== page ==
For millions of women around the world, cooking the family meal is a daily, dangerous chore. Sweating over smoky open stoves, they put their lives and their children at risk every day.
More than three billion people, or 40 percent of the planet’s population, still rely on open fires to cook, balancing a pot on top of some stones, under which burns a fire fueled by wood and coal, dung or left-over crops.
“Before we had just a dirt floor in one of the corners of the kitchen, where we would build a small fire, and we’d put a metal stand over it for the pots. There was so much smoke in the house all the time,” Maria Itzep Chiguil said.
“The children had a lot of problems with their eyes, and with their throats and congestion,” the 35-year-old mother of four told AFP, speaking by phone with the help of a translator, from her home in the Guatemalan highlands.
The World Health Organization estimates that reliance on solid fuels is one of the 10 most important threats to public health.
Some two million people die each year from the effects of smoke inhalation, mainly children under the age of five who fall prey to respiratory illness such as pneumonia.
Burns and injuries from falling pots and from clothes catching on fire are also a serious problem.
Collecting tonnes of firewood is also a laborious, time-consuming and hazardous process. In the Democratic Republic of the Congo for instance one woman is estimated to be raped every hour, many while out foraging for fuel.
Environmental damage is huge as forests are depleted and black carbon from inefficient fires counts for upwards of 25 percent of the carbon dioxide released into the atmosphere, while homes become coated in black grease.
Now a global alliance, set up under the auspices of the US State Department and the United Nations, is working towards a goal of supplying 100 million clean cookstoves by 2020.
Chiguil says her life and that of some 15 neighbors in her Guatemalan village of Patachaj was transformed a year ago when they received their new cinder-block fuel-efficient stoves.
With its four pot holders, she can now cook several things at once. “I used to spend all day cooking as I could only cook one thing at once,” she said. “Now I have more time for other things.”
“Half of the world is cooking this way and it’s kind of hard to believe we never thought this through before,” said Kris Balderston, whose office at the US State Department helped set up the Global Alliance for Clean Cookstoves.
US Secretary of State Hillary Clinton has become the most public face of the public-private partnership, and has so far cajoled some 36 countries to join either to implement clean cookstoves at home or become donors.
“This is one of the solvable problems that we face in the world today,” she has said.
The alliance brings together many partners: researchers to draw up standards on stoves, manufacturers to make them, governments to promote awareness, NGOs to help distribute them and financiers to help people afford them.
But executive director Radha Muthiah said one of the biggest hurdles was “the lack of a consistent set of agreed upon global standards — health standards, safety standards, emissions standards and efficiency standards.”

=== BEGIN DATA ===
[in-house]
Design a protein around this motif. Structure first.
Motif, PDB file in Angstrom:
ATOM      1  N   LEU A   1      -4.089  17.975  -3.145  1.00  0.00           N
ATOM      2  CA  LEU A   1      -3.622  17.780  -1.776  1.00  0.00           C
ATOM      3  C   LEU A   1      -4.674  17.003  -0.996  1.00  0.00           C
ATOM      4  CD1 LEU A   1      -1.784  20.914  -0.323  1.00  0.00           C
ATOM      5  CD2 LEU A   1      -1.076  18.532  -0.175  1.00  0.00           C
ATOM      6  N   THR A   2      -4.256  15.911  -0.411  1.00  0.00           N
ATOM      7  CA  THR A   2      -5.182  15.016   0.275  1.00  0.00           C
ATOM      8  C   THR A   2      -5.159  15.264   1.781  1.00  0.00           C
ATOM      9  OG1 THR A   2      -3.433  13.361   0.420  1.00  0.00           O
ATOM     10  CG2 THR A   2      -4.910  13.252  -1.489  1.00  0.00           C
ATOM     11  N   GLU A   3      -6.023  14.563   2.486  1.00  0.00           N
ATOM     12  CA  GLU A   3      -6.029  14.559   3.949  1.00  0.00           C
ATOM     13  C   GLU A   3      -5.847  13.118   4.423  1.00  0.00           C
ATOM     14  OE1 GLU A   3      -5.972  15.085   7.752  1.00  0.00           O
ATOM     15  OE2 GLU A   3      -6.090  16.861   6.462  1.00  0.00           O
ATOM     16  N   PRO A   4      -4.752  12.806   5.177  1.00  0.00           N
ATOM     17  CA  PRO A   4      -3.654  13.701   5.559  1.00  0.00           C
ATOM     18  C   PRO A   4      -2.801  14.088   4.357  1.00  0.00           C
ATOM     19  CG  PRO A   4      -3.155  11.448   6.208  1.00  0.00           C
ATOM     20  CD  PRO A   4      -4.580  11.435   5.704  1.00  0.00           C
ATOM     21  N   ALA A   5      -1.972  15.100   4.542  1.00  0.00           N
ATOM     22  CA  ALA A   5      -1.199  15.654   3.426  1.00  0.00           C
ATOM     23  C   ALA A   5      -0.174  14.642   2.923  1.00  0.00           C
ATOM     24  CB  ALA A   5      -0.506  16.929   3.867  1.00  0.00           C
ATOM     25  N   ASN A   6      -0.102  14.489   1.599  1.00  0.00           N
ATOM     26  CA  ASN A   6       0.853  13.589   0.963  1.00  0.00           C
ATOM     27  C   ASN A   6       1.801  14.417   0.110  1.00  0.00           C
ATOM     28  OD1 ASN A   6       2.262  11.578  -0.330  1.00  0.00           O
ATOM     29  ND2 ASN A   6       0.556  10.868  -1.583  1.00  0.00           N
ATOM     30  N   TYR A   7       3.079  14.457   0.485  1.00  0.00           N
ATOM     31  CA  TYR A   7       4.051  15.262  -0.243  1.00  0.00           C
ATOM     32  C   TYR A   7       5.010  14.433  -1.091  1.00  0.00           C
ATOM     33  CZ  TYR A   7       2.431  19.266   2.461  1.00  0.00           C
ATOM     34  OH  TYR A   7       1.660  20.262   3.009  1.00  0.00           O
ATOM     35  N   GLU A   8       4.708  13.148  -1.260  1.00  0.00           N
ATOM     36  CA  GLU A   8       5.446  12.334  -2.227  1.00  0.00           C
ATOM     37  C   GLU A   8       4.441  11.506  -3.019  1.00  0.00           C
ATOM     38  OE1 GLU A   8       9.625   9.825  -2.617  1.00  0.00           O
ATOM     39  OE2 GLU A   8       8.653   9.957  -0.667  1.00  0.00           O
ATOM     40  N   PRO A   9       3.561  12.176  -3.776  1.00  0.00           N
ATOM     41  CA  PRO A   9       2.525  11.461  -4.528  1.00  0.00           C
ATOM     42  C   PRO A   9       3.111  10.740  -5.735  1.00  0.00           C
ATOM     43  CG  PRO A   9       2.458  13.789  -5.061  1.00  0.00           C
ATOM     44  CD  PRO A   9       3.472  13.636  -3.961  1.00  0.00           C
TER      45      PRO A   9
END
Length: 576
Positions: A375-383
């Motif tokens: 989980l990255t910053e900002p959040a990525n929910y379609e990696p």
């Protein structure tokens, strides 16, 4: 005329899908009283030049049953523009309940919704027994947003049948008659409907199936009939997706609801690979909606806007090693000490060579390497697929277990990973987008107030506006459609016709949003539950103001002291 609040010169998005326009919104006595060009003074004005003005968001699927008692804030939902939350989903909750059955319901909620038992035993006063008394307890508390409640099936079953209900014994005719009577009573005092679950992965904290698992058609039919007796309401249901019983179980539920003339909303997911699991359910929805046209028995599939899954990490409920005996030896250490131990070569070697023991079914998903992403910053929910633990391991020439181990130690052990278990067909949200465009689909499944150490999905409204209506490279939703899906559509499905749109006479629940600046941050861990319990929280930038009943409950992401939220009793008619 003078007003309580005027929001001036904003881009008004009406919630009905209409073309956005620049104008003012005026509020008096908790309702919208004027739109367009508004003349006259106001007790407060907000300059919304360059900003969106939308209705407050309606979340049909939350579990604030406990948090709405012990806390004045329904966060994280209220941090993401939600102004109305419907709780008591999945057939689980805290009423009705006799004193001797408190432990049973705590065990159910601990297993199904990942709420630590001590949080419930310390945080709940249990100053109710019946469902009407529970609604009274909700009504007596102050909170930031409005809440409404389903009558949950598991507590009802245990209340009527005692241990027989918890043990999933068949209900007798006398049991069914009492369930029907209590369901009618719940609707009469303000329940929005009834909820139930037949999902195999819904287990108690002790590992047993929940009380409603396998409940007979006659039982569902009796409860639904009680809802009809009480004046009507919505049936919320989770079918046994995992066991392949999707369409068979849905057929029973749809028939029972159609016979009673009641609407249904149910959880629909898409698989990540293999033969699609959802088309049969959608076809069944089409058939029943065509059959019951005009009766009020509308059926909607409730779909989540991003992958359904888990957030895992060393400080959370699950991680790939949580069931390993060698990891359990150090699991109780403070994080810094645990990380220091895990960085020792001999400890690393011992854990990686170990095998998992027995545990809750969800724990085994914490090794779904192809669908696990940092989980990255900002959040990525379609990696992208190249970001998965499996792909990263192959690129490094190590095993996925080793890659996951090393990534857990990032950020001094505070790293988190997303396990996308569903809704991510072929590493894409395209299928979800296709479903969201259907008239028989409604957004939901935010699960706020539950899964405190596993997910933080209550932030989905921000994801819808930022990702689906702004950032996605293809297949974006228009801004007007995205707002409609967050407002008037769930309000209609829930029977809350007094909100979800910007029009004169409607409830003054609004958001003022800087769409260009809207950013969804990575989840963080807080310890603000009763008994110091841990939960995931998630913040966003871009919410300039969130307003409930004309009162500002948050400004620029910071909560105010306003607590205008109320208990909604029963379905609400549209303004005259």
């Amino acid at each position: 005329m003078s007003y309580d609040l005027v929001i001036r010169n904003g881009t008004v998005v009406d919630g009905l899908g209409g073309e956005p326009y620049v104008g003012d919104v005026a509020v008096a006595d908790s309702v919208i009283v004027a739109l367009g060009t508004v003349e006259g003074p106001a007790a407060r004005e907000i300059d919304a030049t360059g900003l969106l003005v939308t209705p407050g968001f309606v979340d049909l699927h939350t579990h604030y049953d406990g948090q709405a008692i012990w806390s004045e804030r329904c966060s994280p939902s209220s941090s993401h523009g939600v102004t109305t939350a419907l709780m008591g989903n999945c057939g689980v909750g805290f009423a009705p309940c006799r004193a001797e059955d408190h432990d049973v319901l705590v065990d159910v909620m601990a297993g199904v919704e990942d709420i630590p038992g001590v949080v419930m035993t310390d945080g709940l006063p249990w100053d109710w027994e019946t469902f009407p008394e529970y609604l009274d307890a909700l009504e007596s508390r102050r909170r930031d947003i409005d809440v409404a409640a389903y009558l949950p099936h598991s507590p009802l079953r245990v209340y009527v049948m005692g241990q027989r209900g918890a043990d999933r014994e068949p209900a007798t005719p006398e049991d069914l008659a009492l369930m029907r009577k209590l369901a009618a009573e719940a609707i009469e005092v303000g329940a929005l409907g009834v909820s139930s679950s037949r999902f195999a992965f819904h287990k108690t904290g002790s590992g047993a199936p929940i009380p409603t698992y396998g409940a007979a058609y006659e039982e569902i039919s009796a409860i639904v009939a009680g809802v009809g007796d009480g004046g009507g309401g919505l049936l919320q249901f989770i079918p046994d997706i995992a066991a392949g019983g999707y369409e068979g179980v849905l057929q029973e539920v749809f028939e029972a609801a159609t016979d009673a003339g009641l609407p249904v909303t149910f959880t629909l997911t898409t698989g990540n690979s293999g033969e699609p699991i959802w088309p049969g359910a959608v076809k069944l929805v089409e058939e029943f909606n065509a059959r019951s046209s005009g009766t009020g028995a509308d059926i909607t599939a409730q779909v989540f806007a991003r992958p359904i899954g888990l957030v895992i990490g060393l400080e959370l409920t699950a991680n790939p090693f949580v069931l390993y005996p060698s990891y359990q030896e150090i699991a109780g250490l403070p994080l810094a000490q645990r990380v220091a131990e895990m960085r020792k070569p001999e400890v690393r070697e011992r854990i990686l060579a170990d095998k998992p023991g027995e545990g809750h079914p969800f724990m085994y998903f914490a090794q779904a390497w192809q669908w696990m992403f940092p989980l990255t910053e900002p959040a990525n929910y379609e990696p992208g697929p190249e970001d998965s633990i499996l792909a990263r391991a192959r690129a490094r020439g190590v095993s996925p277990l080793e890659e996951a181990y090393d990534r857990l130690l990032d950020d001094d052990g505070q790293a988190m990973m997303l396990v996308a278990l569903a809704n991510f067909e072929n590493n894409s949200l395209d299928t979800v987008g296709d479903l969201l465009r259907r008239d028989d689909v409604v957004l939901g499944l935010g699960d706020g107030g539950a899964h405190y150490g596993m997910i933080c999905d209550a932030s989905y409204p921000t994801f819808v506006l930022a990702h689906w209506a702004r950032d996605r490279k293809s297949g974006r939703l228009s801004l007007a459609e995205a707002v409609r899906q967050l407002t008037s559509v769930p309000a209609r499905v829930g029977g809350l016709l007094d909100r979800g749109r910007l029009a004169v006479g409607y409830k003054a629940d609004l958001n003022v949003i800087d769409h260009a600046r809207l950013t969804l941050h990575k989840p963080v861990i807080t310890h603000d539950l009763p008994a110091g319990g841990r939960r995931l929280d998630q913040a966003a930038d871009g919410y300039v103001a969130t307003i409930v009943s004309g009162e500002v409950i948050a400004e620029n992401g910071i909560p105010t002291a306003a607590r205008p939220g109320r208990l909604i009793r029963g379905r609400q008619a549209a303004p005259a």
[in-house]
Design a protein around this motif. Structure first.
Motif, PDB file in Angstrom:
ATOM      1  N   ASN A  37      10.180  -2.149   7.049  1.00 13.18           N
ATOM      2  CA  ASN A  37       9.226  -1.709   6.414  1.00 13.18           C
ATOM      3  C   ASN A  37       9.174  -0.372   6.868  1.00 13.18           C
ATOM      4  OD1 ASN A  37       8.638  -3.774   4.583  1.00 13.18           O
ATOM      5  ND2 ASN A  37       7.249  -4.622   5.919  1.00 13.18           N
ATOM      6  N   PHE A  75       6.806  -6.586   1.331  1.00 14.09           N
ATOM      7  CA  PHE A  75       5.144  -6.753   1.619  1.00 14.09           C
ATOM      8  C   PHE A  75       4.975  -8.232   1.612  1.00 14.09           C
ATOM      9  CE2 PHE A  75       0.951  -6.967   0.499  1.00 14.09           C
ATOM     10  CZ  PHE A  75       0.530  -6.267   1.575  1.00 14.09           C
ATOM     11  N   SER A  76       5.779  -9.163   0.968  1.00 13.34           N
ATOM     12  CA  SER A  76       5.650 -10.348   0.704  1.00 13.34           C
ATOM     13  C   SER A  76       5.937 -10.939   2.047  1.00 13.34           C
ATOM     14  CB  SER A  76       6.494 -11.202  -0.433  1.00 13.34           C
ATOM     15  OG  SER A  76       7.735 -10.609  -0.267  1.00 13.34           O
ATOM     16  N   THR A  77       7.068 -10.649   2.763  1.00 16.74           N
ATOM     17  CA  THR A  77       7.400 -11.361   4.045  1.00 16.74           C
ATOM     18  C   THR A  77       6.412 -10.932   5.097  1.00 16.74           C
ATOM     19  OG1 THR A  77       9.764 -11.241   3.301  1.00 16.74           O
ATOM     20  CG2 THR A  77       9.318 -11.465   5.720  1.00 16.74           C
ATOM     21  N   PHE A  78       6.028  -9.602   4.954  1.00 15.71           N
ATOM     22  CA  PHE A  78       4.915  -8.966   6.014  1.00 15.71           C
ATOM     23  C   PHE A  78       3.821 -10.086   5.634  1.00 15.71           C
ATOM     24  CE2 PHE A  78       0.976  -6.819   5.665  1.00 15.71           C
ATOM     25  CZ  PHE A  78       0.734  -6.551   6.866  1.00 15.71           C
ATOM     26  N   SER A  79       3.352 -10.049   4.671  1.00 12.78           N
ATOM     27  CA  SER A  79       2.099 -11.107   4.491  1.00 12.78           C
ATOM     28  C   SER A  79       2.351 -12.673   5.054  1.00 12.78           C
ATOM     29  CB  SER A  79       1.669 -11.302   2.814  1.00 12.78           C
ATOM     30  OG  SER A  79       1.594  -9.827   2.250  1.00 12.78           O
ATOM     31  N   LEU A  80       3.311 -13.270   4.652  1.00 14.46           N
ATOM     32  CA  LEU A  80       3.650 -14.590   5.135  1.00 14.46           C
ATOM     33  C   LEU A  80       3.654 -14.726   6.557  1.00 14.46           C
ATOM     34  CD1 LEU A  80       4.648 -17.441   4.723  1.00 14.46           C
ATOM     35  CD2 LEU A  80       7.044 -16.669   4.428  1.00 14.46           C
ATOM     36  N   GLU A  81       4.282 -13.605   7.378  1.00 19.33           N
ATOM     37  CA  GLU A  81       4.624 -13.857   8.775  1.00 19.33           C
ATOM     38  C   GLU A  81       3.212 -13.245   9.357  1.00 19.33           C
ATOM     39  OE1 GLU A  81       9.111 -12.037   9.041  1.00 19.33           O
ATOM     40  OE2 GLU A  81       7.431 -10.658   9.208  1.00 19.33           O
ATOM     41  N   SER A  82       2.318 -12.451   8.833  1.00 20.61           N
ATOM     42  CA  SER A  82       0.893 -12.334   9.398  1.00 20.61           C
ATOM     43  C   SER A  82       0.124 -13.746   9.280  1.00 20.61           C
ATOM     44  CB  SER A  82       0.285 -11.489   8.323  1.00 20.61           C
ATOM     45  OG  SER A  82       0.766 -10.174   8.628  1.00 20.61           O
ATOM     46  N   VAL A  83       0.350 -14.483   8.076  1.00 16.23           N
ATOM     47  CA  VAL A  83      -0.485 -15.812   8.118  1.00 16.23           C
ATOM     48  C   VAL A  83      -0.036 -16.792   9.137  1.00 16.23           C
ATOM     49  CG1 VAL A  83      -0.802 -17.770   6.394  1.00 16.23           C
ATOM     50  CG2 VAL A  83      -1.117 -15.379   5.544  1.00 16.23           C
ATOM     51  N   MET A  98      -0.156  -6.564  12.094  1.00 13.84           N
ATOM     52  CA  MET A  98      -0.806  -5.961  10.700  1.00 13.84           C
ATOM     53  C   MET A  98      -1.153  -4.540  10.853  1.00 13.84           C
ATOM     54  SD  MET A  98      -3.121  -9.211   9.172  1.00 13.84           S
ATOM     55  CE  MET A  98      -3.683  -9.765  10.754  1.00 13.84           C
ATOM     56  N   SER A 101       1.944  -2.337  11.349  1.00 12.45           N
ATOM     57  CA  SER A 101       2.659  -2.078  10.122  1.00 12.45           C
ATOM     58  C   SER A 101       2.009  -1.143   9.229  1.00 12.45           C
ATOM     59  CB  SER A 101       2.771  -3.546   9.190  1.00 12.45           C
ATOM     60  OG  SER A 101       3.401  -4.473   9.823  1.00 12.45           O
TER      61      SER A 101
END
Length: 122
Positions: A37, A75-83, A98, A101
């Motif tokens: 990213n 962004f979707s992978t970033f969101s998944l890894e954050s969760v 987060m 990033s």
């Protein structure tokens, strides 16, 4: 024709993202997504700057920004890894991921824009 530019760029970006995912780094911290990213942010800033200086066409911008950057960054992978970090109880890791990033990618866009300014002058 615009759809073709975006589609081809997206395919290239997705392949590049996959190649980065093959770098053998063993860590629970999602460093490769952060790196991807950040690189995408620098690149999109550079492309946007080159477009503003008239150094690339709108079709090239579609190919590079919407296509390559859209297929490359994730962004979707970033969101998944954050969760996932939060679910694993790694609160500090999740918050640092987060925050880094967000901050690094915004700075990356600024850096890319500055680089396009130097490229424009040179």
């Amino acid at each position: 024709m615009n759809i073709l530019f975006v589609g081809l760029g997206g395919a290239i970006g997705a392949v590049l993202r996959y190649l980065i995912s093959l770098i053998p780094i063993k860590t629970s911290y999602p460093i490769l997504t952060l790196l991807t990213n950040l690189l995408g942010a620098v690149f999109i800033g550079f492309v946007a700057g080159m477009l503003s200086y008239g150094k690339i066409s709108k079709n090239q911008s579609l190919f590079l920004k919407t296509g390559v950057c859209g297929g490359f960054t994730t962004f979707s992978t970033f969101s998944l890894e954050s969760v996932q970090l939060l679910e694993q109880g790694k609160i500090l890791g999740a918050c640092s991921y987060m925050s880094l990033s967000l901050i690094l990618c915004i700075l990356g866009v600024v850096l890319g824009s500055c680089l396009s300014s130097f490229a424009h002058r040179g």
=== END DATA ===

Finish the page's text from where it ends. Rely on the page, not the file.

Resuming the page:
Launched in September 2010, the alliance has developed a strategy for how to tackle the problem called “Igniting Change” and has spent most of 2012 deciding which nations to target initially.
The final choice will be unveiled in September, but is likely to include Tanzania and Kenya, and possibly Bangladesh and maybe Vietnam.
They were chosen according to a set of criteria. “One is the need. What’s the percentage of the population which is still burning biomass in a very inefficient, ineffective way today?” Muthiah said.
“The other is the impact we can have — on health, on the environment, on women’s empowerment indicators. What kind of difference we can make.”
China and India hold a special status in the alliance. Both have already run successful clean cookstove programs, and can bring their experience to bear as well as working towards upgrading existing stoves.
“What the alliance won’t be doing is making stoves and selling stoves. That’s not our goal. Our goal is to create a thriving market that can do that sustainably,” said Jacob Moss, director of the US cookstoves initiative.
The aim is to expand the use of stoves which use as little fuel as possible but give off high energy in return, while also reducing emissions.
One wood-burning model under development includes a little fan and produces enough thermal electrics to charge a small cell phone.
There are also liquefied petroleum gas stoves, and stoves which run off charcoal, a fuel of choice in many urban African environments.
A variety of different models are in production or development to fit local traditions and cooking customs.
Cost remains an issue though with the cheapest stoves still possibly retailing for around $15 which can be a fortune to the world’s poorest, and the cinder-block ones at the high end of the price range at about $120.
But the alliance is hopeful that micro-finance institutions and innovative schemes — such as one in Rwanda in which firewood would be exchanged for fuel pellets with the stove thrown in free — will bridge the gap.
“Is it more expensive to have someone who has very little resources spend five bucks, which is still a lot, on something which doesn’t really solve anything for them? Or to find a solution that can really start to transform their lives?” asked Moss.
“We’ve got to figure out how to get them something that’s going to improve their lives and maybe even save their lives.”